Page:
"When a defendant gets into court, we try to work with them to see what other programming could help keep the behavior from occurring again. So, it isn’t just about a fine, court costs or jail time. We want to help the defendant get assistance and get on the right track," Groote said.

The proposed ordinance should "significantly change the tone in the downtown area" along with the new Care Campus and quality of life unit, Jegeris said.

Pedestrians and business owners have complained about threatening people downtown, Lt. Scott Sitts said after the committee meeting.

Sitts, who oversees the Quality of Life unit, said citations and arrests will only occur in "rare circumstances when everything else fails."

He estimated that more than 90 percent of complaints will be able to be handled without enforcement efforts.

Sitts said that while certain state laws, such as disorderly conduct, stalking and assault, could cover some of the behavior, it's a "custom" for cities to have their own ordinances on the books. 

When asked how police would judge whether an action is truly threatening when it could be based on stereotypes, Sitts said that the actions must be based on threatening behavior.

"If you're not threatened by them, and they're not threatening you" it doesn't count, he said.

He said a group of men walking down the street at night toward a woman wouldn't be illegal, but if they start to run toward the woman and yell threats at her, it would be.

A group of intoxicated people speaking loudly in the daytime would also not be illegal, he said.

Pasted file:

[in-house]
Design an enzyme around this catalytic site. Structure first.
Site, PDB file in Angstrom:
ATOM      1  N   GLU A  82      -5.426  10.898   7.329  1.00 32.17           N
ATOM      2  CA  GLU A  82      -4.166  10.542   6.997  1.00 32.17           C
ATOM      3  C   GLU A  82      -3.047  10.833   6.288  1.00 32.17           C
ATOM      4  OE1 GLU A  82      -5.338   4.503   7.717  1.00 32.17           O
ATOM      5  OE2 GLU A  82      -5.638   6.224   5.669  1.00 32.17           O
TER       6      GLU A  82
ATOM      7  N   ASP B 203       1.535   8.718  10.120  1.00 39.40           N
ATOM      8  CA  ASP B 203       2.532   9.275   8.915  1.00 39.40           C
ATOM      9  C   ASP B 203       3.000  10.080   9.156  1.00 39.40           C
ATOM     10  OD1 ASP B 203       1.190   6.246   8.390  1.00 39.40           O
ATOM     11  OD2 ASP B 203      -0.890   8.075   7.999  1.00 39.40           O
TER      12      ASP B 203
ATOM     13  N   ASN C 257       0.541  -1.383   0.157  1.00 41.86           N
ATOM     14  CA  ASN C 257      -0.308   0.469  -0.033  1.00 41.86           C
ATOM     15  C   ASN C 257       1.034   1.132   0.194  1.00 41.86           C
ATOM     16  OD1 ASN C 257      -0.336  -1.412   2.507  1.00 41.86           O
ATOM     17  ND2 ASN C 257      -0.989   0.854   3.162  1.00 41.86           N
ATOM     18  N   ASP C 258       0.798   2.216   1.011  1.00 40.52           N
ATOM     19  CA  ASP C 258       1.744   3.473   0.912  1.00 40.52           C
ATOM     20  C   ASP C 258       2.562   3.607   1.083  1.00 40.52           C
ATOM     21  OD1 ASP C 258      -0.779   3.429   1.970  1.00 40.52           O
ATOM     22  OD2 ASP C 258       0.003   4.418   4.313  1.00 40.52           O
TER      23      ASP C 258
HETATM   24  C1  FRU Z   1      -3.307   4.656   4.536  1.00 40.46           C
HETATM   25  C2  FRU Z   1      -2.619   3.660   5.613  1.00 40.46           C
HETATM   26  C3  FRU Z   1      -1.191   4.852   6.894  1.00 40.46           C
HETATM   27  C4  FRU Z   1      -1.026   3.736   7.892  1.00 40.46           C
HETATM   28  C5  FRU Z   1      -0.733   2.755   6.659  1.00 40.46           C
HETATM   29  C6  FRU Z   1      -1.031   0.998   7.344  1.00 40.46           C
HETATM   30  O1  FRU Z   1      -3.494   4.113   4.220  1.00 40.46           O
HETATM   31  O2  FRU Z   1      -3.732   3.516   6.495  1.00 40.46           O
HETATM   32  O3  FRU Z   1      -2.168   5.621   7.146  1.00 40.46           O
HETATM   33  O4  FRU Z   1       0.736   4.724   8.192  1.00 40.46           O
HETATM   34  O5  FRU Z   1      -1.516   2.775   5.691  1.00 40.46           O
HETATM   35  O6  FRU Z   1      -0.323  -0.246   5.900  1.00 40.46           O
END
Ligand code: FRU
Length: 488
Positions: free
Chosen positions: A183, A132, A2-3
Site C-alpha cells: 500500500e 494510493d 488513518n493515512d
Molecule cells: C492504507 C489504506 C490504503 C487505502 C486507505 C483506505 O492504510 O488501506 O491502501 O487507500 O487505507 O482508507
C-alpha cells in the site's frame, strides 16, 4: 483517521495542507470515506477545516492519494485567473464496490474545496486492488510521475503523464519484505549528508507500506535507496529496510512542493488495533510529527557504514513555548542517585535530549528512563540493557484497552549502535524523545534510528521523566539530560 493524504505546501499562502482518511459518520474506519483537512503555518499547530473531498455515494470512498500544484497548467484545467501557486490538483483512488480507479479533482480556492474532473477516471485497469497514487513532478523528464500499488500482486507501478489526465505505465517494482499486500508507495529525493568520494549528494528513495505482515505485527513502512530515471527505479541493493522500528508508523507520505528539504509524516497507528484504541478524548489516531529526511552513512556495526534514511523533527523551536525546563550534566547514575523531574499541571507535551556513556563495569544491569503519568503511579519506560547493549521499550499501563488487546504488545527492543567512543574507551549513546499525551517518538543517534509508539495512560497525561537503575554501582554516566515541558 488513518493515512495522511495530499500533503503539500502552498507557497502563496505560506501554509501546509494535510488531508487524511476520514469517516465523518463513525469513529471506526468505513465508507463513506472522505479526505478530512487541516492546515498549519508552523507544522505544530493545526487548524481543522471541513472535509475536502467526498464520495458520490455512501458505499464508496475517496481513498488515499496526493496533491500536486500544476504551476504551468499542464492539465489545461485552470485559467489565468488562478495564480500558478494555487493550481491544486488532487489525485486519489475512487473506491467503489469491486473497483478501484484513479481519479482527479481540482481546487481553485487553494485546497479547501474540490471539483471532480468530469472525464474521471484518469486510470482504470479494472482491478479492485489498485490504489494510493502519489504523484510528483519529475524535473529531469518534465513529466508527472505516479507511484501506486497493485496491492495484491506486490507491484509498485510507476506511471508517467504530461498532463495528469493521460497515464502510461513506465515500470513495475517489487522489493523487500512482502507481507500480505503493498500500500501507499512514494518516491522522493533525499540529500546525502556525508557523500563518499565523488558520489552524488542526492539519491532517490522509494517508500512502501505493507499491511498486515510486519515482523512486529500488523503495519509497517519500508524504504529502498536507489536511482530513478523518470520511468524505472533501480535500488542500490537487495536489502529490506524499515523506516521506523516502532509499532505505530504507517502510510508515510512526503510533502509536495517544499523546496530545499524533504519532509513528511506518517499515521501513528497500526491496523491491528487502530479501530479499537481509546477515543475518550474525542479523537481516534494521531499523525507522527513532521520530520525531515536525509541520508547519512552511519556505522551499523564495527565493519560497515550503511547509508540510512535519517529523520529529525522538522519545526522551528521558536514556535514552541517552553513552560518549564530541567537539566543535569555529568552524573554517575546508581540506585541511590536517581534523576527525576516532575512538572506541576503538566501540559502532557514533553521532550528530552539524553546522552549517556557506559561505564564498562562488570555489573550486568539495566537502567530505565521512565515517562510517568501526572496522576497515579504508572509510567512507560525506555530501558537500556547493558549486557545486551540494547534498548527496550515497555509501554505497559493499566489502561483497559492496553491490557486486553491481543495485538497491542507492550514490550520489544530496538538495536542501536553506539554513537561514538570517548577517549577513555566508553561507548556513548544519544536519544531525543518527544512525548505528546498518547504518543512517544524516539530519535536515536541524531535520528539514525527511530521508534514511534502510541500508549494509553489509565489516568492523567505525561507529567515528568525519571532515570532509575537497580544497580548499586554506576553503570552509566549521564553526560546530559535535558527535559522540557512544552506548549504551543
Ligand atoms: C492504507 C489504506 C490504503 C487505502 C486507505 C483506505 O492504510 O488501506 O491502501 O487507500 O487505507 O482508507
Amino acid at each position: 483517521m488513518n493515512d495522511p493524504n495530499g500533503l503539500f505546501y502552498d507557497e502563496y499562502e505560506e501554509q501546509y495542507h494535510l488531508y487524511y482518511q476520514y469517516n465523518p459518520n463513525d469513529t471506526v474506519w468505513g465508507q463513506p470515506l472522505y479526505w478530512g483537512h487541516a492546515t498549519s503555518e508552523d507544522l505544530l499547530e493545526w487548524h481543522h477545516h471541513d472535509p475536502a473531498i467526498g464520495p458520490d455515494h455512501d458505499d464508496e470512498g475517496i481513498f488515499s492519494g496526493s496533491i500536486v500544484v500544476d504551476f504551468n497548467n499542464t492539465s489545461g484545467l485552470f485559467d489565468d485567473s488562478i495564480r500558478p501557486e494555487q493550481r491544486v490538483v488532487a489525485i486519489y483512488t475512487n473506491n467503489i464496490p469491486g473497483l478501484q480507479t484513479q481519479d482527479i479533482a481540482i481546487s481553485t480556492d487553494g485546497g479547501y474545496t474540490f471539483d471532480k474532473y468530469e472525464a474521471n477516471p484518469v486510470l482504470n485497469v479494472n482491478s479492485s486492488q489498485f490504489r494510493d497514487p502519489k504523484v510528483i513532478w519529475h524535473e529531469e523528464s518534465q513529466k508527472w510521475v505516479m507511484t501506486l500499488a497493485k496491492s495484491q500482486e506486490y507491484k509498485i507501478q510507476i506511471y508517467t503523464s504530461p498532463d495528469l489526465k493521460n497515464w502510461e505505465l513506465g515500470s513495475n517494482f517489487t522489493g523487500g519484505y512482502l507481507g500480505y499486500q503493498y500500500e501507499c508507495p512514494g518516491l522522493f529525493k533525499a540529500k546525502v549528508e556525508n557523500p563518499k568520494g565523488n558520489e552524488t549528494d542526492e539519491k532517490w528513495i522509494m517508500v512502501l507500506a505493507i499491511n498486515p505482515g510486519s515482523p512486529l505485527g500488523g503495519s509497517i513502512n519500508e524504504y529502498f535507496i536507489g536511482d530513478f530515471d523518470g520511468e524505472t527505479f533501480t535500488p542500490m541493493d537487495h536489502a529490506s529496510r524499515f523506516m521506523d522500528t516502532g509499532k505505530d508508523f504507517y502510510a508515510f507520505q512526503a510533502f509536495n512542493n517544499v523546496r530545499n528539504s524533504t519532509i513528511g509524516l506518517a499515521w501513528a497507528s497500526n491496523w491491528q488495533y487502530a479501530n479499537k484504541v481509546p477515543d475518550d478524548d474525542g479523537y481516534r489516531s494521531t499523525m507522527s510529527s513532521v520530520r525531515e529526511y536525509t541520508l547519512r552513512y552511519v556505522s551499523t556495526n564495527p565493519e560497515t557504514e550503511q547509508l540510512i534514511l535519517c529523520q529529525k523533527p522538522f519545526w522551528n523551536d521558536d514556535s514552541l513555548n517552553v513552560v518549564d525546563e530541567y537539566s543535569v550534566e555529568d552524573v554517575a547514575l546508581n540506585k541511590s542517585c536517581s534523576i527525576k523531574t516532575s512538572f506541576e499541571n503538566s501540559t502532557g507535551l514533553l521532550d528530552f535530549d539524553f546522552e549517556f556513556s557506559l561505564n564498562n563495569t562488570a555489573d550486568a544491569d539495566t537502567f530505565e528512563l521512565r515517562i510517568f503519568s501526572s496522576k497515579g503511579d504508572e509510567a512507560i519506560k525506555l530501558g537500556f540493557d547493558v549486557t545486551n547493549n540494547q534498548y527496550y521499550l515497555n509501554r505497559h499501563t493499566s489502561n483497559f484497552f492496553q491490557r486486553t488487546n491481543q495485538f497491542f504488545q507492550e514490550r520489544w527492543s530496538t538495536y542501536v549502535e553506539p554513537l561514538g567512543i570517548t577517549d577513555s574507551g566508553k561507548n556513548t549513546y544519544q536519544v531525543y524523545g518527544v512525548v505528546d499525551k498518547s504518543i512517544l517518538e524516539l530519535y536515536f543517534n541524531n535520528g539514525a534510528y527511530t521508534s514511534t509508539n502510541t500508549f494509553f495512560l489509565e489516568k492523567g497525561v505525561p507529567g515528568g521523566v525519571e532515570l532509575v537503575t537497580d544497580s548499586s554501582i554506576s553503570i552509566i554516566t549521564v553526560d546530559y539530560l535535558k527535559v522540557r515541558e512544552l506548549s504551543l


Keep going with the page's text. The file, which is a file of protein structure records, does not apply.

"We've adopted it towards behavior and not towards speech," Sitts said of the proposed ordinance. 

"This really goes against the conversations" and direction the police department has been going in, said Natalie Stites Means of One Rapid City, a social justice advocacy group. Means said the ordinance also seems to go against the city and county's grants used to improve policing and fight mass incarceration. "This is really contrary," she said. 

Ramona Herrington, founder of One Rapid City, said she'd like to see data that shows there are incidents that makes the new ordinances necessary. 

Means said officers should be able to rely on existing state laws, such as disorderly conduct, to take care of threatening people, and both women said they'd prefer if the city focused on drug and mental health treatment, housing and other issues. 

"The issue is a lot of untreated addiction and trauma, Means said. The city is trying to create a false image for tourists, hiding the reality of a lack of social services, she said. 

Herrington said there should be an addiction center that's specifically aimed at helping Native Americans, and Means suggested that the city look into businesses that sell alcohol to drunken individuals and known alcoholics. 

Herrington said the ordinance is about regulating homeless and Native people. "They just want us out of sight, out of mind," she said. 

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— Contact Arielle Zionts at arielle.zionts@rapidcityjournal.com